...On the fifteenth day of this seventh month
is the Festival of Sukkot, seven days for the Lord.
The Sukkot celebration begins on the 15th day of Tishri. The word Sukkot is the plural of Sukkah which means “booth” or “hut”. The hut referenced here commemorates the type the Israelites built and lived in during their forty years of wandering in the dessert after their Exodus from Egypt.
In Israel and Reform communities, the holiday is celebrated for the full week with the first day as a celebratory festival. The remaining days are known as Chol HaMoed (festival weekdays) and the seventh day is Hoshanah Rabbah and has its own ceremony.
Shemini Atzeret (the eighth day of assembly) and Simchat Torah are celebrated in the Reform calendar as the eighth day of Sukkot. This entire period is known as Zeman Simkhateinu (the Season of our Rejoicing), as it is a celebratory break after the solemnity of Yom Kippur.
You will dwell in booths for seven days;
all natives of Israel shall dwell in booths.
As decreed, many celebrate Sukkot by eating, entertaining and sleeping in a sukkah. To fulfill the requirement of building and living in a sukkah, the structure must have at least two-and-a-half walls with the roof or sekkakh (covering) made of natural material such as tree branches, corn stalks, sticks, or wood planks. This covering is meant to be loose with enough space that the stars can be seen amongst the material but no more than ten inches open at any point so that it creates more shade than light.
Commonly, the sukkah is decorated with harvest vegetables such as squash and corn but some people use artwork (a bit of WRJ trivia – Flora Rosefsky the artist chosen to display her work in this year’s WRJ calendars has decorated her sukkah with copies of our wall calendar!).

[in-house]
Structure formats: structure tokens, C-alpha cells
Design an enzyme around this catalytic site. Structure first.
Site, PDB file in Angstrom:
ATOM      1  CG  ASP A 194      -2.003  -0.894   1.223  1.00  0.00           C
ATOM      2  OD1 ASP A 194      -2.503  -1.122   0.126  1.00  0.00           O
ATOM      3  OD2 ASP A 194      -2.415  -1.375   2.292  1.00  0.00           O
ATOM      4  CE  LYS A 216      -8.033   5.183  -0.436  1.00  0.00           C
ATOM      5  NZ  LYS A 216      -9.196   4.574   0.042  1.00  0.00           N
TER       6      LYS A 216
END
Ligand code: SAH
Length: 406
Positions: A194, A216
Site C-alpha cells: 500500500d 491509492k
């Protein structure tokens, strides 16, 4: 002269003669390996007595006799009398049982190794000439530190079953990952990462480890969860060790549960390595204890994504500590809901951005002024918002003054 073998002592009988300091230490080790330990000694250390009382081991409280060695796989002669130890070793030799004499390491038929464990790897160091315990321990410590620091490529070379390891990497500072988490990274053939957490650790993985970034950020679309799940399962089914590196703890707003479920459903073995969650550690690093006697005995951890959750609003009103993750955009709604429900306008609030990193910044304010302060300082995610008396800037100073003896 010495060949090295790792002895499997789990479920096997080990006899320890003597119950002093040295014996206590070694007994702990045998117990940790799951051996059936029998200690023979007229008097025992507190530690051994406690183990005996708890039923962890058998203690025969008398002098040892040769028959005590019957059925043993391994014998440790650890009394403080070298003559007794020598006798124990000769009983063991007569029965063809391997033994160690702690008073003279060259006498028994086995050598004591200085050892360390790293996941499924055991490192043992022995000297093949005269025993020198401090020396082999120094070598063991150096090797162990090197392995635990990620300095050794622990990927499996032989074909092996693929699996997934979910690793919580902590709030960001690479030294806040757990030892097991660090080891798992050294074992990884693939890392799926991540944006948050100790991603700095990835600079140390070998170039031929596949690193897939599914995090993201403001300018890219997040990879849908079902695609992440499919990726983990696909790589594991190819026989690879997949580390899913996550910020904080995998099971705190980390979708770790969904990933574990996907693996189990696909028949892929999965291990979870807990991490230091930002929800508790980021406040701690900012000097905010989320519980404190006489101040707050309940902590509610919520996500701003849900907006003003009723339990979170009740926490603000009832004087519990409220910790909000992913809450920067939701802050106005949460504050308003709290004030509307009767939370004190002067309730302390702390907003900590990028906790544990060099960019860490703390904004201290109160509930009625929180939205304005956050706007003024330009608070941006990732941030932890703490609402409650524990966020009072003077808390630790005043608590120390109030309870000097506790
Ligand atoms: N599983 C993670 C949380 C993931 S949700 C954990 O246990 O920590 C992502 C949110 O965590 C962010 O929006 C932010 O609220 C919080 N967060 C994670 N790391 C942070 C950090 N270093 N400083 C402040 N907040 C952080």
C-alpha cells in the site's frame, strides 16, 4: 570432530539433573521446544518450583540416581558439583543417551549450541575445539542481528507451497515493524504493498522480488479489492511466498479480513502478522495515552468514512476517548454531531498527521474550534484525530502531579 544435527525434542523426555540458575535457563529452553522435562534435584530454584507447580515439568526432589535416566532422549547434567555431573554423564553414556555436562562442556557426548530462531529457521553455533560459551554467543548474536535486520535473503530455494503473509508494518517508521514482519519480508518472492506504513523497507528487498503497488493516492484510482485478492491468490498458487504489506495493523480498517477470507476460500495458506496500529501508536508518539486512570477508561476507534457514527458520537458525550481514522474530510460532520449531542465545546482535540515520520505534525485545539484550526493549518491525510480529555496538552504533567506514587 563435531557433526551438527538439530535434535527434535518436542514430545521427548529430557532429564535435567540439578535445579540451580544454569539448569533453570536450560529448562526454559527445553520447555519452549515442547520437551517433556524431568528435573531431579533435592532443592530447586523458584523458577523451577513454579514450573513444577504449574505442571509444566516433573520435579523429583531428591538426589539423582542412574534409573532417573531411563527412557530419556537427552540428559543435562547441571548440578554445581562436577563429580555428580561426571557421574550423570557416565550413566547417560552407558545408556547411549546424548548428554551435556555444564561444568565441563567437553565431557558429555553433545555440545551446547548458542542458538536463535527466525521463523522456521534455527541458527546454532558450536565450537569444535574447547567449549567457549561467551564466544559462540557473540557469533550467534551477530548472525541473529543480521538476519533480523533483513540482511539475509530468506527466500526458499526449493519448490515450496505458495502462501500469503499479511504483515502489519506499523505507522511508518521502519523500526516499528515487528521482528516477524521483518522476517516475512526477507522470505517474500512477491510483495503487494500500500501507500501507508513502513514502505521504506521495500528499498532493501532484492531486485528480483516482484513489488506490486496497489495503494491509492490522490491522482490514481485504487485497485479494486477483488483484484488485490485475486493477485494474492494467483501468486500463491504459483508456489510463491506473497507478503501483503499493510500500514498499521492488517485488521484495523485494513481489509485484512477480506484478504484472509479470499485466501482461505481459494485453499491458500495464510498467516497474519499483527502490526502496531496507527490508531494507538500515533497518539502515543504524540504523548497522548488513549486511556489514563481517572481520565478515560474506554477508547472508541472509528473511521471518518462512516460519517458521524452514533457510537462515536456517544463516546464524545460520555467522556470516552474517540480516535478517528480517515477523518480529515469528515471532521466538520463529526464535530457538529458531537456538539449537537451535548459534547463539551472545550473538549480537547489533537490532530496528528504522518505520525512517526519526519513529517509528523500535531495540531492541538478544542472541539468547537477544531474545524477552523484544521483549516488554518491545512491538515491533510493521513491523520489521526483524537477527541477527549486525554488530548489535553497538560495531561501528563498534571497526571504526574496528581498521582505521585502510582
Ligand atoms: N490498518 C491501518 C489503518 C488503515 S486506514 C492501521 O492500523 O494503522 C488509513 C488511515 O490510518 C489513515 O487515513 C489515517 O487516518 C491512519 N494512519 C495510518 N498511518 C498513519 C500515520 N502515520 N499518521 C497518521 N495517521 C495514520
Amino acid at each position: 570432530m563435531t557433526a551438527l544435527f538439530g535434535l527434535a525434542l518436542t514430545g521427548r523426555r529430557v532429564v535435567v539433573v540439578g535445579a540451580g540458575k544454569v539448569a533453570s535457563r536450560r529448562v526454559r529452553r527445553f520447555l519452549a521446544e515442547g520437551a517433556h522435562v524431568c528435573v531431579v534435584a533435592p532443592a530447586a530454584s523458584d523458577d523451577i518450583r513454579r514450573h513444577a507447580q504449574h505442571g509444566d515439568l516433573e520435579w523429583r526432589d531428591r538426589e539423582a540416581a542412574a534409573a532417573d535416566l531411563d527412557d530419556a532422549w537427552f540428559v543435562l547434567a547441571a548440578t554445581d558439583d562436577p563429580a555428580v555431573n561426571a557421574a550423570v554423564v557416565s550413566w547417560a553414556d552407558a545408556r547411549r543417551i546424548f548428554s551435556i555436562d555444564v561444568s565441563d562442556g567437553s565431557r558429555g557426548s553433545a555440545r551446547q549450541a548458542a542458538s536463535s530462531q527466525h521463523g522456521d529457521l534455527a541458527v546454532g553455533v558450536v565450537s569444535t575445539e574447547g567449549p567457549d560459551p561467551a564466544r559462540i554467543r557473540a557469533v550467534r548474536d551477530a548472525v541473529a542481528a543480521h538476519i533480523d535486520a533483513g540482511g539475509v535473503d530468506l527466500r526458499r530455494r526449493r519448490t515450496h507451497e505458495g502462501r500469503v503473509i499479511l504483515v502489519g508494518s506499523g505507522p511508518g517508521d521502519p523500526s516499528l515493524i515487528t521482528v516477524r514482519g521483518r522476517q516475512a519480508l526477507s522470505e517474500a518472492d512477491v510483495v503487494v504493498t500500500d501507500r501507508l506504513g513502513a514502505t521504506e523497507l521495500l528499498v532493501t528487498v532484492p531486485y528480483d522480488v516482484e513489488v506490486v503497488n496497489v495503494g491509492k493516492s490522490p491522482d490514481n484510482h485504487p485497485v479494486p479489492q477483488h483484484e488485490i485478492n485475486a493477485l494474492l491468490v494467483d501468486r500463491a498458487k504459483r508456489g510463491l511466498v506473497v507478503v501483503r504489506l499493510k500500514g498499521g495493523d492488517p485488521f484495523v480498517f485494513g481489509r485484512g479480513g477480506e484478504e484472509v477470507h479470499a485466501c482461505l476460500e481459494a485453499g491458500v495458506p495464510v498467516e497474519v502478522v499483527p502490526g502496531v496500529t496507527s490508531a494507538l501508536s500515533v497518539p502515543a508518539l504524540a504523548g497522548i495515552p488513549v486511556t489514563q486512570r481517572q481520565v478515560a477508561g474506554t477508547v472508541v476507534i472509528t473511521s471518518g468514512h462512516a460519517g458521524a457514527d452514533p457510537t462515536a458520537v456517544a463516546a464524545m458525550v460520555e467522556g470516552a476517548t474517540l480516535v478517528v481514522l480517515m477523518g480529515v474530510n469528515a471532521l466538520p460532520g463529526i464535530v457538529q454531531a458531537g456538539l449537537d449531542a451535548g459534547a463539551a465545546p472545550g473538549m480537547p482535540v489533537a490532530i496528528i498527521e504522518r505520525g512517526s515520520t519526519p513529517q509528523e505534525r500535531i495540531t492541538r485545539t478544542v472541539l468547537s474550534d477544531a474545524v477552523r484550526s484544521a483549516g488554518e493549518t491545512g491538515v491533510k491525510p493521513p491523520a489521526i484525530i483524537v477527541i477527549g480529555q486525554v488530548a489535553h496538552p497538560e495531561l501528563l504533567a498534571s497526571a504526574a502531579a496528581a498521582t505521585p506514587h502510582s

Sukkot is, in part, a harvest festival, and as such, another of the commanded observances is to take four plants: an etrog (a citrus fruit native to Israel); a lulav (palm branch), a hadas (myrtle branch) and an arava (willow branch) and “rejoice before the lord”, saying prayers while holding them, each morning of the holiday as well as during processions around the bimah. These processions which commemorate similar ones made around the alter of the ancient temple, are known as Hoshanahs for the prayer recited during the march, Hosha na (“please save us”). When on the seventh day of Sukkot, the procession makes seven circuits around the bimah, it is known as the Hoshanah Rabbah (the great Hoshanah).
After these processions, we are told to beat the willow branches against the floor five times so that some of the leaves are shaken loose. This practice coincided with the beginning of the rainy season in Israel and symbolizes our hope for the rainfalls that are part of a fruitful harvest season.
Aside from building a sukkah, you might want to observe hachnasat orchim, the mitzvah of welcoming guests. In addition to inviting friends and family into your sukkah, there is a custom of inviting seven biblical guests (one for each night). Although traditionally, these guests are the patriarchs of Judaism: Abraham, Isaac, Jacob, Joseph, Moses, Aaron and David in contemporary times, significant Jewish women have been added to this list of guests: Sarah, wife of Abraham; Rebecca, wife of Isaac; Leah and Rachel, the wives of Jacob; the prophetess Miriam, the sister of Moses; Deborah, one of our judges; and Ruth, an ancestor of David.